Carry Me Carrie - Dr Hook and the Medicine Show
Back in '75 when I was a student in Manchester, one Saturday afternoon at around about five o'clock while we were wondering what to do that night, a friend said "Doctor Hook are playing at Salford Polytechnic, why not go see them?". Now no-one even only half cool would normally contemplate going to see Dr Hook and the Medicine Show. Three years before they'd had a hit with "Sylvia's Mother", a pastiche on romantic tragedy that was very close to being a novelty record, and that was it. The kind of band from America, we were more likely to step out for were long-haired, hippy style west coasters like the Grateful Dead, the Byrds or maybe southern bands like the Allman Brothers. But we were bored and had nothing else to do, so we went.
It was one of things that sometimes happens, when all your expectations are overturned for the better. We got hippies, we got long hair and some, we got fantastic vocals and harmonies, we got great musicianship, lots of laughs, but above all one of the finest evenings of live music I've ever experienced, right up there with the best of them. And the highlight of the evening was their fourth encore, when they played "Carry Me Carrie" .... yet again.
The original studio recording is a gem, I still play the vinyl 45 as a closer for discos, but just recently I've come across this version of live on Shel Silverstein's houseboat in the same year. This just about totally captures the rapture I felt all those years ago, showing their humour, bringing back their general scruffy hairiness, moving you with lead singer Dennis Locorriere's impassioned vocals, the total commitment of eyepatched Ray Sawyer and the others' harmonies, and the mayhem that is totally stoned and professional at the same time. This is the same magic that won the audience's heart that night in Salford.
Within a year the band had gone on to have a massive worldwide hit and change of direction with the soppy "A Little bit More", and generally, it hurts to say it, recording crap. But they were phenomenally successful throughout the remainder of the 70's, so who can blame them?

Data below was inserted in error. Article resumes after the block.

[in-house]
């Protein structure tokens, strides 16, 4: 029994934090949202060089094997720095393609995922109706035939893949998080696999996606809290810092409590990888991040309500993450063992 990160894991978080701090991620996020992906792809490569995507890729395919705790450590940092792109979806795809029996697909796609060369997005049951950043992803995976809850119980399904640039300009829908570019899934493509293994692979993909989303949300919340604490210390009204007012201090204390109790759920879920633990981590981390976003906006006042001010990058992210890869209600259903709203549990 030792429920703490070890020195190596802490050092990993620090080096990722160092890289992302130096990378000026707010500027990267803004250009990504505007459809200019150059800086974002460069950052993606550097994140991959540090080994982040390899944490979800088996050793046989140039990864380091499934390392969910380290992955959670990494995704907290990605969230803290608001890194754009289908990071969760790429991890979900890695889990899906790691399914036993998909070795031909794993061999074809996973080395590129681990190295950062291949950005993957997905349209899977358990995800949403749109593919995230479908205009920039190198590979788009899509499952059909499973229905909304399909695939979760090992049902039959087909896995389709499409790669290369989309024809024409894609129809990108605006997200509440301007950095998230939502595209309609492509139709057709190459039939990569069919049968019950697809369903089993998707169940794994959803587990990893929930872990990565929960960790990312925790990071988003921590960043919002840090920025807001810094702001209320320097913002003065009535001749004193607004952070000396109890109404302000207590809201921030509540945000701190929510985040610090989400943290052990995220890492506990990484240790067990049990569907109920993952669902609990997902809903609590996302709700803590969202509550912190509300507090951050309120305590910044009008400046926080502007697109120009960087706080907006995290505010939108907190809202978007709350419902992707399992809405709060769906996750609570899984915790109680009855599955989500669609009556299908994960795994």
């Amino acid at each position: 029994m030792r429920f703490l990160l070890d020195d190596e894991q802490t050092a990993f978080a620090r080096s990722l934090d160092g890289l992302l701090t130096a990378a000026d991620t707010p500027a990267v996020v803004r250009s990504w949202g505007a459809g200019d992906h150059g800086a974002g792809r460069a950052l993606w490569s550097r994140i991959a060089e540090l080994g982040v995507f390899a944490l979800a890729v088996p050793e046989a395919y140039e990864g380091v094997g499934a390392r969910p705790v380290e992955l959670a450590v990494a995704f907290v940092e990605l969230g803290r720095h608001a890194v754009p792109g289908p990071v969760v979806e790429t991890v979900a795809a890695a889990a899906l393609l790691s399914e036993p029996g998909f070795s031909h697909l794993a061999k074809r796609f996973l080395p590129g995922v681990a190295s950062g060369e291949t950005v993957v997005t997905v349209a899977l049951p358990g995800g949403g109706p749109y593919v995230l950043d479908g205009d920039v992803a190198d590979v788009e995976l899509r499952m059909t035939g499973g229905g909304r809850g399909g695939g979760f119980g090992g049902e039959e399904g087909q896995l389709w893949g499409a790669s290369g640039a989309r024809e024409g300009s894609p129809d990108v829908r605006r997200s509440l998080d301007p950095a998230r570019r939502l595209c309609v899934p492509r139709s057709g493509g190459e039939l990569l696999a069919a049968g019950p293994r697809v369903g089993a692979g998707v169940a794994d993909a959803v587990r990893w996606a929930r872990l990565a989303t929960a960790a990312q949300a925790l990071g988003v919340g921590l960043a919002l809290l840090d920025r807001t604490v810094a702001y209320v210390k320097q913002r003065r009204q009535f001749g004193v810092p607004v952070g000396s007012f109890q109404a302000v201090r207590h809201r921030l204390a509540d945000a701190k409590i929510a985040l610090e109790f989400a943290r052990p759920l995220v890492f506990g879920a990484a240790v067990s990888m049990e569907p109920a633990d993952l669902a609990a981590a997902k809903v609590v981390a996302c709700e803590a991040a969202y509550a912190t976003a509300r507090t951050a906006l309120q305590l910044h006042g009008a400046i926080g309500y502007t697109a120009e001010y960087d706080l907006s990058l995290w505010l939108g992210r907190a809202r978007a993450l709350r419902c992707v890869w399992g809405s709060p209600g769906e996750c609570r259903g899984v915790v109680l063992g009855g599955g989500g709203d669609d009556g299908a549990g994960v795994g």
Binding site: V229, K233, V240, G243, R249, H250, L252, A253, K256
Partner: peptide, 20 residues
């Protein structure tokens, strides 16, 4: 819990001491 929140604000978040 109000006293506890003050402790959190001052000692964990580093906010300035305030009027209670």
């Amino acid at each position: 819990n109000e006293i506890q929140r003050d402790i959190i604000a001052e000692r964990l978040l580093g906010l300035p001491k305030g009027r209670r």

Most of their early songs were penned by Shel Silverstein, a terrific poet, novelist and writer of children's books whose houseboat this was recorded on. In "Carry Me Carrie", Shel enacts the final tragic scene of Theodore Dreiser's classic novel "Sister Carrie". The title character is the beautiful and upwardly mobile Carrie who attracts a series of exploitative men and in turn exploits them to succeed, eventually becoming a star on Broadway. One of these men is Hurstwood, a businessman who sacrifices all he has to be with her: his wife, his family, his job and winds up a penniless drunk. This song dramatises a moment at his lowest point as a down and out, which sadly leads to him taking his own life. Which adds to the overwhelming feeling of sadness and poignant desperation in the song. And faith. Hurstwood's faith in Carrie, despite his situation, defying all reason, is fuelled by irrational obsessive love, something we can all understand, admit it or not.
His words are superb, starting with the rhetorical play on the words "carry" and "Carrie", whose tragic irony hurts with every repeat, and peaking with the compelling rhyme:
"...and then I heard him shoutin'
something 'bout a mountain
he would surely climb
if she was only there to point the right direction..."
The studio version's great too:
Have a listen and sing along to it - I've printed the words out in full. And don't forget to turn the volume right up at the end for that final piano chord, and jump around the room, screaming, "Carry me Carrie, c-c-c-c-Carrie, c-c-carry me!"
Second Street and Broadway sittin' in a doorway head held in his hands looked to all the world like he was praying foot wrapped in an old rag bottle in a brown bag I saw him try to stand then I heard the words that he was saying He said come on, Carrie carry me a little farther come on Carrie carry me one more mile I don't know where it's leading to but I know I can make it if I lean on you so come on Carrie carry me a little I carried you, now carry me a little come on Carrie, carry me a little while Well he struggled to his feet and staggered down the street to the window of a five and dime he stood and laughed a while at his reflection and then I heard him shoutin' something 'bout a mountain he could surely climb if she was only there to point the right direction but she ain't, no, but she ain't, no... He said come on, Carrie carry me a little farther come on, Carrie carry me one more mile I don't know where it's leading to but I know I can make it if I lean on you so
come on, Carrie carry me a little I carried you, now carry me a little come on, Carrie carry me a little while
Carry me Carrie